COBAIN UNSEEN

Seattle writer Charles Cross first saw the storage facility containing the late Kurt Cobain's quirkiest possessions while researching Heavier Than Heaven, his 2001 biography of the Nirvana frontman. Cross recently sifted through those boxes of journals, recordings, artwork, and trinkets—or what the author calls "a never-before-seen dark museum of fucked-up-ness"—to produce the new photo book Cobain Unseen (Little, Brown, $35).

Photograph courtesy of the estate of Kurt Cobain

Seattle writer Charles Cross first saw the storage facility containing the late Kurt Cobain's quirkiest possessions while researching Heavier Than Heaven, his 2001 biography of the Nirvana frontman. Cross recently sifted through those boxes of journals, recordings, artwork, and trinkets—or what the author calls "a never-before-seen dark museum of fucked-up-ness"—to produce the new photo book Cobain Unseen (Little, Brown, $35). Accompanied by a CD of spoken-word recordings of Cobain unearthed by Cross, the book's 150 still lifes offer a haunting testament to Cobain's creativity. As the musician wrote in his journal, "Look at my stuff and figure me out." Matt Hendrickson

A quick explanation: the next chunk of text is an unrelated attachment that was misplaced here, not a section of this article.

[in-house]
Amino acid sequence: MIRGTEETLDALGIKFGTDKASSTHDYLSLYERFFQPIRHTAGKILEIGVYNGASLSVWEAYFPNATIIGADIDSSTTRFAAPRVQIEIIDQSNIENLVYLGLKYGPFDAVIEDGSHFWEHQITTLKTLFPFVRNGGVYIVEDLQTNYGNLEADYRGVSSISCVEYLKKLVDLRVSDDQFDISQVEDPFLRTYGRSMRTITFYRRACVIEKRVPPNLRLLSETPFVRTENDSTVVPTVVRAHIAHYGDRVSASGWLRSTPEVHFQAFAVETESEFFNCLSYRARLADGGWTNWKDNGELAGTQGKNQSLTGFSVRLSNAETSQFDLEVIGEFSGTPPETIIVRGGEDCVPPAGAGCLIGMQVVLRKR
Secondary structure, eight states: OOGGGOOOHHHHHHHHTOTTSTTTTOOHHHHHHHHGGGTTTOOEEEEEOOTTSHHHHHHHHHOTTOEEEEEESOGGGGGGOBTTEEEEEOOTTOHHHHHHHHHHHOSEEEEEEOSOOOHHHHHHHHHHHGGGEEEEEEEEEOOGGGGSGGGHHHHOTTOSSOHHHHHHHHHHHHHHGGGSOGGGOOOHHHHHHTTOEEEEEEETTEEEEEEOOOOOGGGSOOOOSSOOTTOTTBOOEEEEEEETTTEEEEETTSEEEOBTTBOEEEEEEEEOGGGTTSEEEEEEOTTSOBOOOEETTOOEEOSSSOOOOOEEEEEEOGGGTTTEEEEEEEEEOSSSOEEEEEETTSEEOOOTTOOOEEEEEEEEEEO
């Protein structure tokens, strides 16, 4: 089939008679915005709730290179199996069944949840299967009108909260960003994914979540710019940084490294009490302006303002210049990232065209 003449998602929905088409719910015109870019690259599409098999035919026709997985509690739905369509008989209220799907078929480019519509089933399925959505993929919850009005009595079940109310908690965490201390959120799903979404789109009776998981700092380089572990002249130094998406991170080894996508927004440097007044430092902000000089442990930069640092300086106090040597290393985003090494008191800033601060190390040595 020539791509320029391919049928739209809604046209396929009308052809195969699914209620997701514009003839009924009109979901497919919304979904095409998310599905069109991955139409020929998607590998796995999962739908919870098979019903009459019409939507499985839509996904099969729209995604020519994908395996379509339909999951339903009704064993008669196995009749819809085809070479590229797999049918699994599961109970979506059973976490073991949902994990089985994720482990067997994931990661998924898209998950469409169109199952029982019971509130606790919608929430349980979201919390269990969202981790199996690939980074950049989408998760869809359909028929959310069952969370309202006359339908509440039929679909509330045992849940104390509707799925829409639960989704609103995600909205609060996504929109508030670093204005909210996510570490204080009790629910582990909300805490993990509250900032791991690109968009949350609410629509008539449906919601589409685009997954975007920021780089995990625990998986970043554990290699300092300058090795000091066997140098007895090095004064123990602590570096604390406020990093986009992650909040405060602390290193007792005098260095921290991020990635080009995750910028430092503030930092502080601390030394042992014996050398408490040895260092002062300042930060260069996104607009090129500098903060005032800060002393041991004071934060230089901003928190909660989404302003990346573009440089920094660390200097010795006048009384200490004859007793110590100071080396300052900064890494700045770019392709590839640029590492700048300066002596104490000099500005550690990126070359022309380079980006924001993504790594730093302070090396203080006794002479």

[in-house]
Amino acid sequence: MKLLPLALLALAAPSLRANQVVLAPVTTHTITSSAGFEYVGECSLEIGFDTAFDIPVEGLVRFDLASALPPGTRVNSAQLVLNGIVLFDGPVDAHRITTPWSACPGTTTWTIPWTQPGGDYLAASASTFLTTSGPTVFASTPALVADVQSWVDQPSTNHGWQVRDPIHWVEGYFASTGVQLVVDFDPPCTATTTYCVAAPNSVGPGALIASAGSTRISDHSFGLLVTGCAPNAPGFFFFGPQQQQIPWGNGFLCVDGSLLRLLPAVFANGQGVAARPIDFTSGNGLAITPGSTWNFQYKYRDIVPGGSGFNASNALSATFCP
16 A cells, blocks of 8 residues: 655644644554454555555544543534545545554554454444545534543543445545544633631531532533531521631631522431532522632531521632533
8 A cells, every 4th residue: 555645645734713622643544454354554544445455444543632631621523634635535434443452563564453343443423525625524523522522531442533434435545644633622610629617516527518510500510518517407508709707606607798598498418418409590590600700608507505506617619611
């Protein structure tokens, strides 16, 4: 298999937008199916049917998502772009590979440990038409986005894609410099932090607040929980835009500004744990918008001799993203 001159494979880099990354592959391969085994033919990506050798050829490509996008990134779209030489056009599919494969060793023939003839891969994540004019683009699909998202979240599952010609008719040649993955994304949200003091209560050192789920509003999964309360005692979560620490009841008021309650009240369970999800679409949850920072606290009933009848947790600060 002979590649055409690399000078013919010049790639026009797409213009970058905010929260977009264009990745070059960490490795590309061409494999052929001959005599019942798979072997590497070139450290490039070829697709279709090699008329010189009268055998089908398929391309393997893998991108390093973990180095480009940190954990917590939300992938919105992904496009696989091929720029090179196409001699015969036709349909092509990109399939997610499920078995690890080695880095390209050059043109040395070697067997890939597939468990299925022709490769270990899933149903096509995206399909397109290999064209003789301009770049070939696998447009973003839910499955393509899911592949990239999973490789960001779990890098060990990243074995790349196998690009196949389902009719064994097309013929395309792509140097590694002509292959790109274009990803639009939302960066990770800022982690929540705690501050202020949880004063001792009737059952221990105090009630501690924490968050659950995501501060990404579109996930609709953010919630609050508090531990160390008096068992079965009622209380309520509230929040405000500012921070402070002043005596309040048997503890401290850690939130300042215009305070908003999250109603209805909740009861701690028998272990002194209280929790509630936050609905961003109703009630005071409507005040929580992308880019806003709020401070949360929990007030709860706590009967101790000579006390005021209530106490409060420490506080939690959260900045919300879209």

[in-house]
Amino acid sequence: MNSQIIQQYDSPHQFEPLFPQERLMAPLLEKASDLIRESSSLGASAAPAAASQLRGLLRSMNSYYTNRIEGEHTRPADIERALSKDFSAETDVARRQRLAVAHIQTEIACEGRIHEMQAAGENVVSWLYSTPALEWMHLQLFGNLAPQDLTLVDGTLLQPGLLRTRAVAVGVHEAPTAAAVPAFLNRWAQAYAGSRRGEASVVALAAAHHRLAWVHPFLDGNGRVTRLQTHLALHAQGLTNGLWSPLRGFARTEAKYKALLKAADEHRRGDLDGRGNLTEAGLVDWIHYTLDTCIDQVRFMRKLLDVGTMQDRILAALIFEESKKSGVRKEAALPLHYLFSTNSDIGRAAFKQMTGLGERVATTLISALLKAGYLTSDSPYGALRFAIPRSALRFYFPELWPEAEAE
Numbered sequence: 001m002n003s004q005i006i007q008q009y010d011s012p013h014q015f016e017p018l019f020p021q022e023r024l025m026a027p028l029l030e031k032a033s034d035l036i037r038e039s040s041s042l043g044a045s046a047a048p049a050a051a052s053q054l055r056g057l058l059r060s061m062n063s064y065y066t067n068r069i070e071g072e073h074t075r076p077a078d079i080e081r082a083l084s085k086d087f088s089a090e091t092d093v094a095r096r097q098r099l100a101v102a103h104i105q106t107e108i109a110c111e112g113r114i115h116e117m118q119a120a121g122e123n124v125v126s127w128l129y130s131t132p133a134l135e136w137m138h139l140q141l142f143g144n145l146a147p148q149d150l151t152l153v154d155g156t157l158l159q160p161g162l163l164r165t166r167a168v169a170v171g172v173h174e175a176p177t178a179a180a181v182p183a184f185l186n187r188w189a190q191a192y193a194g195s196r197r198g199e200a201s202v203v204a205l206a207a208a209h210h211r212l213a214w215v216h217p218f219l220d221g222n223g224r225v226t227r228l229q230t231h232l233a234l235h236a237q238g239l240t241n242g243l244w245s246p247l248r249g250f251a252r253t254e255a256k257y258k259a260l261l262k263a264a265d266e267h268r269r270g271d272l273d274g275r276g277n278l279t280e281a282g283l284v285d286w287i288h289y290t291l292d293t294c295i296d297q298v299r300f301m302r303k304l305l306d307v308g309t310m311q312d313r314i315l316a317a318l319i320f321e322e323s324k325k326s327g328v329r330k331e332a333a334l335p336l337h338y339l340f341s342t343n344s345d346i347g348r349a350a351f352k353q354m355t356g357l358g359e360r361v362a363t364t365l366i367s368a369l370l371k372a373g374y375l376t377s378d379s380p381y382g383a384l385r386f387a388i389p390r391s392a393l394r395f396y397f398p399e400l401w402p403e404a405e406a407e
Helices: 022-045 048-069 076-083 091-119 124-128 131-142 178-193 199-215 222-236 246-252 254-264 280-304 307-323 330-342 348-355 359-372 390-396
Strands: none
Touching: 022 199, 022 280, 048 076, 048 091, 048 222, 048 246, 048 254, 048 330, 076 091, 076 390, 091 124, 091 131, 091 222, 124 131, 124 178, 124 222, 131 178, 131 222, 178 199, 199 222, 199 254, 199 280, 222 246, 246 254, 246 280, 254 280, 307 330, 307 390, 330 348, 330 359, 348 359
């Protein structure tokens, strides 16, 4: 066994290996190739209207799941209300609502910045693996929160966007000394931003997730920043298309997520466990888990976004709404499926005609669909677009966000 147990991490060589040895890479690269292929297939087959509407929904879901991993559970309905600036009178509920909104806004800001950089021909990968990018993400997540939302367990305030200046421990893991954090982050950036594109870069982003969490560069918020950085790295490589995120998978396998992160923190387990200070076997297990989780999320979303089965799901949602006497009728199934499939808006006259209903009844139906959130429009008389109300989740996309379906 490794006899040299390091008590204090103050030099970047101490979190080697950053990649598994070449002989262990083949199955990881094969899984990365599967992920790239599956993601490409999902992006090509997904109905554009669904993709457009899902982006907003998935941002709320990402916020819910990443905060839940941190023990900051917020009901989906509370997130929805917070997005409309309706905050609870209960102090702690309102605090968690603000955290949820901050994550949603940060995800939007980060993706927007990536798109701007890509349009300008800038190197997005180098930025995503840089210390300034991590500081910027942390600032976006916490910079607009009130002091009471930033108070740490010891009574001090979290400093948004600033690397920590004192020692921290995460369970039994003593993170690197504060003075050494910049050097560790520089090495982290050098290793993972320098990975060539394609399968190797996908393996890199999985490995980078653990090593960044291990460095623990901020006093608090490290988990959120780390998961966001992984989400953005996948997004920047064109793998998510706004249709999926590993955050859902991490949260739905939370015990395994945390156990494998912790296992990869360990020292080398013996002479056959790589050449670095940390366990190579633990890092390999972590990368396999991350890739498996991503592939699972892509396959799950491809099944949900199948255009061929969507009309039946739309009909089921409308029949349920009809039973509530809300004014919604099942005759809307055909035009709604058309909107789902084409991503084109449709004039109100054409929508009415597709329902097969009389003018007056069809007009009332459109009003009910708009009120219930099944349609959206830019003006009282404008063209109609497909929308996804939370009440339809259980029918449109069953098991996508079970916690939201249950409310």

You Might Like

Powered by ZergNet